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Wolves in Dogs’ Clothing is the second novel in the Wolf Trilogy by New Zealand novelist Christodoulos Moisa.

It is New Year’s Eve 1973 in Nicosia, Cyprus. New Zealand journalist Steve Carpenter is celebrating the occasion with his friend Inspector Petros Zymaras and his family and is looking forward to a happier 1974. But it is not to be. In the early hours of the next morning, Zymaras receives a call from the United Nations headquarters on the island: one of their helicopter patrols has found a body within the Green Line, the buffer zone that separates the Greek Cypriots from their Turkish counterparts. This brutal event marks the beginning of a tumultuous year for Carpenter and Zymaras, who are drawn into solving a series of cold-blooded murders against an impending storm of civil war and invasion. The two friends find their mettle tested to the limit in a climate where they and all the others who live on the Mediterranean island are forced to question loyalties and long-held beliefs and to face threats from both within and beyond.

Once more in its long history Cyprus, the “island of love” is cast into the mire of hatred.

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The Hour of the Grey Wolf, is set in Cyprus during 1973. The CIA and its Greek Junta proxy are gunning for Archbishop Makarios, the democratically elected first President of the Republic, and because of this a civil war, where Greek would be fighting Greek, is looming. The narrator is Steve Carpenter, a New Zealand journalist of Cypriot descent. Wounded in Vietnam where he has worked for REUTERS, he chooses to go to Cyprus to recuperate. However, as a new chapter in Cypriot history unfolds, he becomes drawn into solving a murder that occurs in Mpalloura, the village where he is living. Knowing that he may be putting his own life at risk, Carpenter gingerly delves into the deadly politics of the time and the labyrinth-like complexity of a peasant village whose inner darkness one is rarely exposed to.





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This novel  was due to be released in 2019 but due to the Christchurch Mosque shooting it was delayed and published in July 2020.

Set in 1975 this novel follows the exploits of Steve Carpenter and Petros Zymaras as they tackle two separate murders that are connected by intend.


Overcast Sunday is set in April 1950 in Wellington, the capital of New Zealand. It describes events that occur over a twenty-four-hour period after a young woman is discovered murdered in an inner city alley outside the Greek Club. The Police, already having a similar murder on their books unsolved, are keen to make quick progress and apprehend the killer to avert panic. The prime suspect is Jimmy, a veteran of Abyssinia, Dunkirk, Greece and Crete, who works as a chef in a local Hotel. He is also a champion ballroom dancer and has a reputation as a ladies’ man. Jimmy’s friend Hari, who is also a veteran of some of the same battlefields, is also implicated. Hari has been trying hard to find some semblance of a balance in his life and give his life meaning in his new homeland. He is working at a tailor’s to put himself through university and simultaneously trying to cope with the demons bequeathed to him by war.  With the murder, tensions rise amongst the Greek community who value their special immigrant status in the city.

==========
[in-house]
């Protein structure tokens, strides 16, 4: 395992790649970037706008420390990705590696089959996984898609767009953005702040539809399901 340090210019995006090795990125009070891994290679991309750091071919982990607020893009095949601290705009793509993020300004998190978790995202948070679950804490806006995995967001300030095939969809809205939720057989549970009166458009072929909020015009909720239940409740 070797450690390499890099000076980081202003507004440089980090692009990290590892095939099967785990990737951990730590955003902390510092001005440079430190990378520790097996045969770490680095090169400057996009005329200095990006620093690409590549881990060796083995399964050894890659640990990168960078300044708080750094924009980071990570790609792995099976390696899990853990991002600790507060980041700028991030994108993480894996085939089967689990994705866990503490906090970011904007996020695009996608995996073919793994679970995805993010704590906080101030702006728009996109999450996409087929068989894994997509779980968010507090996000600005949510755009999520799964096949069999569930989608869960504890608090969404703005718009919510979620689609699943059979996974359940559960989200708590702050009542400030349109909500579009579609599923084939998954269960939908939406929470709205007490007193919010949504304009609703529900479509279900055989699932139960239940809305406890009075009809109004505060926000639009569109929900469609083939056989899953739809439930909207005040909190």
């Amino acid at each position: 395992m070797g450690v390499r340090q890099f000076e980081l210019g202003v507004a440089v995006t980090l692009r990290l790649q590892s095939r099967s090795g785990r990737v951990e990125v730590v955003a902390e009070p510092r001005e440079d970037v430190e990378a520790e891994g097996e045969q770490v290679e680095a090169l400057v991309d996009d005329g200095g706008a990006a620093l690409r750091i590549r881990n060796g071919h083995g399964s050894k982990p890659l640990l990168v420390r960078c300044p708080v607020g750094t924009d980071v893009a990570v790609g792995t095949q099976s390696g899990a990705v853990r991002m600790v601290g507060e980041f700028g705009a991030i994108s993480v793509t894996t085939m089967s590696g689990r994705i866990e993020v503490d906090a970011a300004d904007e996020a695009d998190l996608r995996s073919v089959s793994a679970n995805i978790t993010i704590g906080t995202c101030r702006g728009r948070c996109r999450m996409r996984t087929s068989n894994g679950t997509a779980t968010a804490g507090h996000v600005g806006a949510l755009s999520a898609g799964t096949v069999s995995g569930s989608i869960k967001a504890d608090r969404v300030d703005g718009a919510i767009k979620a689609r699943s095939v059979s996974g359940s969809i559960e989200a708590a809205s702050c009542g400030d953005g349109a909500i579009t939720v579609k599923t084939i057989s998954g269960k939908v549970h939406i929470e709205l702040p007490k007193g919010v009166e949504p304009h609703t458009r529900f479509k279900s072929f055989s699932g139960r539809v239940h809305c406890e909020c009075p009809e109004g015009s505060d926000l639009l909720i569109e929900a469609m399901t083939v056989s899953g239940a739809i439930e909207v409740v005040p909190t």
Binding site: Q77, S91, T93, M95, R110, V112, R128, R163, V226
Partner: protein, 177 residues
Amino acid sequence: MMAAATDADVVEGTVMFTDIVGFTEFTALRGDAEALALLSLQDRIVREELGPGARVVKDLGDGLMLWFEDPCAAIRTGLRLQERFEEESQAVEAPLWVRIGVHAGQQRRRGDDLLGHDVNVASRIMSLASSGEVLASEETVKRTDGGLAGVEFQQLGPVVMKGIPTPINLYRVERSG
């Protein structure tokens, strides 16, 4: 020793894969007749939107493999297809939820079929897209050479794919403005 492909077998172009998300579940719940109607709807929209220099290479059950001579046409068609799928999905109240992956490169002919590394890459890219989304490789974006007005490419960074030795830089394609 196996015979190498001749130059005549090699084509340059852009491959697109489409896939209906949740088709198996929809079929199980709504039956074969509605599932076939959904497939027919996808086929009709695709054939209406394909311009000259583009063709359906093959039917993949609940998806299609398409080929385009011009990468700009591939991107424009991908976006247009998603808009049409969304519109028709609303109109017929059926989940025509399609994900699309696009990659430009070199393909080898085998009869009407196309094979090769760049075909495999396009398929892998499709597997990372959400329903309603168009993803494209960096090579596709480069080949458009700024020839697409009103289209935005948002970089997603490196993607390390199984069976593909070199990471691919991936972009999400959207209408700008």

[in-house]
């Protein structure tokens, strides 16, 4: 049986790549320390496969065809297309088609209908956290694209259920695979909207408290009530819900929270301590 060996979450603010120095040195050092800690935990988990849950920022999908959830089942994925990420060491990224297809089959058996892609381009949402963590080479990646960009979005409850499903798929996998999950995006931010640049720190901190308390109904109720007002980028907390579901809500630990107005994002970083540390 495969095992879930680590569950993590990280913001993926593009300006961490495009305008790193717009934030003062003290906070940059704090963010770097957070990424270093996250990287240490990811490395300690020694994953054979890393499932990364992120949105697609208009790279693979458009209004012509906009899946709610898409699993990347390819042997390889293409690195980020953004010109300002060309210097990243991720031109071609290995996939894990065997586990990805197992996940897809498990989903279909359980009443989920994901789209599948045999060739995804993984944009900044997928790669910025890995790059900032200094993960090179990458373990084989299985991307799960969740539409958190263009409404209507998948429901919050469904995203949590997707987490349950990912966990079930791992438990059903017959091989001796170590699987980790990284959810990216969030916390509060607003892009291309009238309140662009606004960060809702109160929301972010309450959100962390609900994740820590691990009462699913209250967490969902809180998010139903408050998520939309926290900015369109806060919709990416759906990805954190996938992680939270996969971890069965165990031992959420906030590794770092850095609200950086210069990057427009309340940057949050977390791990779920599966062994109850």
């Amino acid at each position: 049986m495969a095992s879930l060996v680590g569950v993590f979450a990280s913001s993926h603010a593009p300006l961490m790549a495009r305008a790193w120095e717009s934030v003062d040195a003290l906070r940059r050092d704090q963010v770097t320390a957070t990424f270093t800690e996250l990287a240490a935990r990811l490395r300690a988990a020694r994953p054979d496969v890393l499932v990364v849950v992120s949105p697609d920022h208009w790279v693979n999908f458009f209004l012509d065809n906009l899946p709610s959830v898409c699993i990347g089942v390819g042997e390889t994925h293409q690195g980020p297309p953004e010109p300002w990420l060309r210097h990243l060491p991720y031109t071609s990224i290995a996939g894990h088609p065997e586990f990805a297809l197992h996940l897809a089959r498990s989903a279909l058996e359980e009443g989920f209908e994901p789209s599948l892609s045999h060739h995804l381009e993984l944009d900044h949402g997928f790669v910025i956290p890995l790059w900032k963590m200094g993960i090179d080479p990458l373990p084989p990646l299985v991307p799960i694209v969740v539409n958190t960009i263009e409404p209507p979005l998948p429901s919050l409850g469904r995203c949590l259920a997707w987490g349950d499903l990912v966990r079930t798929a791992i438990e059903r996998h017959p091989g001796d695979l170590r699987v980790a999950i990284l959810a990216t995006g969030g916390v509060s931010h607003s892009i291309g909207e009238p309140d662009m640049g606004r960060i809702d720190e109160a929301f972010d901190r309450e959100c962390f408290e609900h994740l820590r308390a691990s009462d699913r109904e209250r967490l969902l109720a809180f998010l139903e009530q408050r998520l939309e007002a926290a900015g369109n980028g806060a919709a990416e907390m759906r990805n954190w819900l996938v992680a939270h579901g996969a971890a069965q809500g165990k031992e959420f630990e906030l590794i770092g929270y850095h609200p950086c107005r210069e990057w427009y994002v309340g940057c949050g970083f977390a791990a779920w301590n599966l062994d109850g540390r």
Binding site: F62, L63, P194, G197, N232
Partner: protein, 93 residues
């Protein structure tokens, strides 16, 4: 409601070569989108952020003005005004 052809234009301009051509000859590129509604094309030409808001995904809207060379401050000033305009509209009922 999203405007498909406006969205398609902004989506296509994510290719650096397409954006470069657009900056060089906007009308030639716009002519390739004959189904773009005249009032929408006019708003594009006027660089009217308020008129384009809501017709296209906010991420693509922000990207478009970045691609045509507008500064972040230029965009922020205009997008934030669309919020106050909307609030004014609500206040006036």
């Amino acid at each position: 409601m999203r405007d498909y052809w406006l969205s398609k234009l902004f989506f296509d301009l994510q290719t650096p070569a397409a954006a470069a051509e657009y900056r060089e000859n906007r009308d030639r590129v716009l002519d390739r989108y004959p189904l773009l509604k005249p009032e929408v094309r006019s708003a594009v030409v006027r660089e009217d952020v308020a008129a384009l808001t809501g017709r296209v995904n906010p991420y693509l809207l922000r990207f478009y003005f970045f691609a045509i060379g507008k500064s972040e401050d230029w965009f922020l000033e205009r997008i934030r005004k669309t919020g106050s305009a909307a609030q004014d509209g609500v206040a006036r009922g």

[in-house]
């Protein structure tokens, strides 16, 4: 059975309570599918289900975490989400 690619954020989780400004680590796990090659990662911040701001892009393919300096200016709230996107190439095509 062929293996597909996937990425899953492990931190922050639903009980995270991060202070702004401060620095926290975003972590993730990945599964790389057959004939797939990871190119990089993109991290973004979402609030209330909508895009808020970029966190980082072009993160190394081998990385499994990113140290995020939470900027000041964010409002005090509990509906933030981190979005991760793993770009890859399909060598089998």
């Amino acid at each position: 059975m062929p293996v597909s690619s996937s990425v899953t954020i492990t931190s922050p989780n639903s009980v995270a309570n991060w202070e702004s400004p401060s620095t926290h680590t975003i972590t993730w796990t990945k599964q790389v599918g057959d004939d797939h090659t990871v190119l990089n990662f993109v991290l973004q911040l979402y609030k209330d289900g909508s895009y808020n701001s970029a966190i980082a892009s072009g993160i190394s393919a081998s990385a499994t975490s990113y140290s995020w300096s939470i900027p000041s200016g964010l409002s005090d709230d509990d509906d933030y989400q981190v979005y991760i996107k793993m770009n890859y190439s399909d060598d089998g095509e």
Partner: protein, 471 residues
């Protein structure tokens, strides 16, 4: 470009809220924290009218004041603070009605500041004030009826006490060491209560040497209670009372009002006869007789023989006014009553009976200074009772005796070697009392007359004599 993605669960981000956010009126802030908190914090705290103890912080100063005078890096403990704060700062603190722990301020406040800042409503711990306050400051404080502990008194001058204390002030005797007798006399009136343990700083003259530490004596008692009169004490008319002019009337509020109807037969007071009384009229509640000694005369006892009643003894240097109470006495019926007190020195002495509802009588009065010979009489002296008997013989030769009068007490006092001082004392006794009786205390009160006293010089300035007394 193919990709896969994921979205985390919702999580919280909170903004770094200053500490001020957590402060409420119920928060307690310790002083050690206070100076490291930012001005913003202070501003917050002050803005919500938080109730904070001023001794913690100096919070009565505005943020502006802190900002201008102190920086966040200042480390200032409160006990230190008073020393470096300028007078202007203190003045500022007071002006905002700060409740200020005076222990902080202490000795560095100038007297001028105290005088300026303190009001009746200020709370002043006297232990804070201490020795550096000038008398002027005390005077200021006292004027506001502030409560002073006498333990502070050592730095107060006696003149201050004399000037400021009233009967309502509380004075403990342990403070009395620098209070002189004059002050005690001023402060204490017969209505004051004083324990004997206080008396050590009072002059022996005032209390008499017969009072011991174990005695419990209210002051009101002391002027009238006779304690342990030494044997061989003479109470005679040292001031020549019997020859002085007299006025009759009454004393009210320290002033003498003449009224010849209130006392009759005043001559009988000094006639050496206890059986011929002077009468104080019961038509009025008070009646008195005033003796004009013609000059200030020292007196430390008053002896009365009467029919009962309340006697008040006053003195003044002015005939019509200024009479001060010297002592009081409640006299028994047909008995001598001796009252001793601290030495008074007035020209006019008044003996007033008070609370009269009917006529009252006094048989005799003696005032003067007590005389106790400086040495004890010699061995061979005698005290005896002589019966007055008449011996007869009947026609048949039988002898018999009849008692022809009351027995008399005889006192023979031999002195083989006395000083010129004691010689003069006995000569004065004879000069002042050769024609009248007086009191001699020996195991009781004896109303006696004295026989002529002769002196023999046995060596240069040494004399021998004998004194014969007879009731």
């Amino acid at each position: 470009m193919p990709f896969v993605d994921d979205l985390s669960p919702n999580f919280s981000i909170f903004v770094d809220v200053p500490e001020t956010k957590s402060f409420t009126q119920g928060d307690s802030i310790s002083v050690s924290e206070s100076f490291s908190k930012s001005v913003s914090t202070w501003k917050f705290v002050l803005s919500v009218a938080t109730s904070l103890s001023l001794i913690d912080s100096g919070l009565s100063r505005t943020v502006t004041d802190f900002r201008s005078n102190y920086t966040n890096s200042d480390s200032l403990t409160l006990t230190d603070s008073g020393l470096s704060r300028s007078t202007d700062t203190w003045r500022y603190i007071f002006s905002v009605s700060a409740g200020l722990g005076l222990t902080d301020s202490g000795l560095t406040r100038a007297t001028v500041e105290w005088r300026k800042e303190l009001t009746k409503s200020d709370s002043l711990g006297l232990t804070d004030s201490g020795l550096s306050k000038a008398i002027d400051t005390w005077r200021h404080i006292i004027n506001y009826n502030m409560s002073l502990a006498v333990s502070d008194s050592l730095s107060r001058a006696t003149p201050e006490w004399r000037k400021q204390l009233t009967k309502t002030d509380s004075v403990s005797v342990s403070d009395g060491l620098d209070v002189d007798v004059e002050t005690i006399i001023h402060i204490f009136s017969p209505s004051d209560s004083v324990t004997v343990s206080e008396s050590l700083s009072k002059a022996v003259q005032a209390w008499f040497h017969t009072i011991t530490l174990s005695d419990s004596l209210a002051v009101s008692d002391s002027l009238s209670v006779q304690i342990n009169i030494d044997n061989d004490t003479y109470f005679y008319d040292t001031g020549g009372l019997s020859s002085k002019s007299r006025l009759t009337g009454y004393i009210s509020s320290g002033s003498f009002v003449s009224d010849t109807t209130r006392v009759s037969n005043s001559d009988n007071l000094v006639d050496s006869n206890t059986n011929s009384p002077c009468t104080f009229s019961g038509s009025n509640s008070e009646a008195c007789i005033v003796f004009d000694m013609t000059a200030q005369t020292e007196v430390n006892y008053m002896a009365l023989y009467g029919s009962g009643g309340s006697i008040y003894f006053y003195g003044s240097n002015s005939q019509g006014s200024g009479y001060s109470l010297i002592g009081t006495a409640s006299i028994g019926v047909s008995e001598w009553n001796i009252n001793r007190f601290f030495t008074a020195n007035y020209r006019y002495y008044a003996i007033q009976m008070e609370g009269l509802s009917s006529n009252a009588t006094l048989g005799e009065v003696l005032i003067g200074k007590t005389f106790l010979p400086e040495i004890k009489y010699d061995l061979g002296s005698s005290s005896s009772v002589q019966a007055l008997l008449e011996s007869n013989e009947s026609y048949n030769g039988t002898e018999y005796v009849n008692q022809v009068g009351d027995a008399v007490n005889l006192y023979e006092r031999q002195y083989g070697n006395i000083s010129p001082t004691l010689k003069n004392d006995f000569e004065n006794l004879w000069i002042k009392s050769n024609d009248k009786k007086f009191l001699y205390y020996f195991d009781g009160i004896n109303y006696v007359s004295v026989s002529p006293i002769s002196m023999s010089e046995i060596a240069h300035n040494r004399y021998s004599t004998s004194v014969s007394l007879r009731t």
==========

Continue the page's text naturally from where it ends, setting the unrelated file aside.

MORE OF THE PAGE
This novel explores the lives of the immigrant community in Wellington after the Second World War and through it, the wider society. It explores the clash of mores as outer and inner communities try to adjust to a violent near past and a prospering post-war economy. Ballroom dancing, a flourishing black market, sly grogging, gambling and looser morals contribute to an underbelly that many who live in the capital are unaware off as they struggle to make ends meet.

“Overcast Sunday is a thoroughly enjoyable novel in which family relationships, human nature, Greek customs, Wellington suburbs and the everlasting trauma of war and murder, all collide." Suzanne Gardner


“As a Greek Cypriot women it was a real delight to read about Greek men and their 'men only world' from which Greek women were excluded ... I found it particularly interesting in terms of gaining an insight into a bygone era and an awareness of the thoughts and attitudes of those times.” Maria George-Green

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